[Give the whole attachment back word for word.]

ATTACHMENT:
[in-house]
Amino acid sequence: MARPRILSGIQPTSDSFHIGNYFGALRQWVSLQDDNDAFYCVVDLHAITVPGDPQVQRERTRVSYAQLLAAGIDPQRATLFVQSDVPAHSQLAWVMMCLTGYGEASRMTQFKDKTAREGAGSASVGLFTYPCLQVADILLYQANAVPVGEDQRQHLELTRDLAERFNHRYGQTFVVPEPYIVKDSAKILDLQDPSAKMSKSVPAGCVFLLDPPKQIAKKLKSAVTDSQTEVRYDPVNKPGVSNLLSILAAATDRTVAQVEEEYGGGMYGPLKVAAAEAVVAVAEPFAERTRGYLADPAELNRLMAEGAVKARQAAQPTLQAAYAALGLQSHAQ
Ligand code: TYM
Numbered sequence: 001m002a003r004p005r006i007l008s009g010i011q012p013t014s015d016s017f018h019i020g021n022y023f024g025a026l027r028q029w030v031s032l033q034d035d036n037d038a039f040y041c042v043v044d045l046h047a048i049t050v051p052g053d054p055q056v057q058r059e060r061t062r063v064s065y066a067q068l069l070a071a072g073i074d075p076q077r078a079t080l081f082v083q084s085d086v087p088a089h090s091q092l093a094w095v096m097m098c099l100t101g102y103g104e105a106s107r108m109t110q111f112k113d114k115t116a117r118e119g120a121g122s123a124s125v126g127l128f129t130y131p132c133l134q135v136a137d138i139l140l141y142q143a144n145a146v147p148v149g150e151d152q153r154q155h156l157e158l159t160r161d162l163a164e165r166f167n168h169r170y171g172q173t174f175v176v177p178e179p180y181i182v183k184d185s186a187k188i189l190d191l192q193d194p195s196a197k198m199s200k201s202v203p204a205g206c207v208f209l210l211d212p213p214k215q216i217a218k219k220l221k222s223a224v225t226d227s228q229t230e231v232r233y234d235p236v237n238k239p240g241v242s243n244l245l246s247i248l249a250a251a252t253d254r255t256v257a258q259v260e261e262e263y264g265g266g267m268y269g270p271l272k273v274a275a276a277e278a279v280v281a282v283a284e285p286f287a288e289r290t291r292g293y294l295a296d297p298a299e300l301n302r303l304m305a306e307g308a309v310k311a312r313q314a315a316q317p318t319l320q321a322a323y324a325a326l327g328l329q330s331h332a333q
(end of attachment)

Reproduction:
[in-house]
Amino acid sequence: MARPRILSGIQPTSDSFHIGNYFGALRQWVSLQDDNDAFYCVVDLHAITVPGDPQVQRERTRVSYAQLLAAGIDPQRATLFVQSDVPAHSQLAWVMMCLTGYGEASRMTQFKDKTAREGAGSASVGLFTYPCLQVADILLYQANAVPVGEDQRQHLELTRDLAERFNHRYGQTFVVPEPYIVKDSAKILDLQDPSAKMSKSVPAGCVFLLDPPKQIAKKLKSAVTDSQTEVRYDPVNKPGVSNLLSILAAATDRTVAQVEEEYGGGMYGPLKVAAAEAVVAVAEPFAERTRGYLADPAELNRLMAEGAVKARQAAQPTLQAAYAALGLQSHAQ
Ligand code: TYM
Numbered sequence: 001m002a003r004p005r006i007l008s009g010i011q012p013t014s015d016s017f018h019i020g021n022y023f024g025a026l027r028q029w030v031s032l033q034d035d036n037d038a039f040y041c042v043v044d045l046h047a048i049t050v051p052g053d054p055q056v057q058r059e060r061t062r063v064s065y066a067q068l069l070a071a072g073i074d075p076q077r078a079t080l081f082v083q084s085d086v087p088a089h090s091q092l093a094w095v096m097m098c099l100t101g102y103g104e105a106s107r108m109t110q111f112k113d114k115t116a117r118e119g120a121g122s123a124s125v126g127l128f129t130y131p132c133l134q135v136a137d138i139l140l141y142q143a144n145a146v147p148v149g150e151d152q153r154q155h156l157e158l159t160r161d162l163a164e165r166f167n168h169r170y171g172q173t174f175v176v177p178e179p180y181i182v183k184d185s186a187k188i189l190d191l192q193d194p195s196a197k198m199s200k201s202v203p204a205g206c207v208f209l210l211d212p213p214k215q216i217a218k219k220l221k222s223a224v225t226d227s228q229t230e231v232r233y234d235p236v237n238k239p240g241v242s243n244l245l246s247i248l249a250a251a252t253d254r255t256v257a258q259v260e261e262e263y264g265g266g267m268y269g270p271l272k273v274a275a276a277e278a279v280v281a282v283a284e285p286f287a288e289r290t291r292g293y294l295a296d297p298a299e300l301n302r303l304m305a306e307g308a309v310k311a312r313q314a315a316q317p318t319l320q321a322a323y324a325a326l327g328l329q330s331h332a333q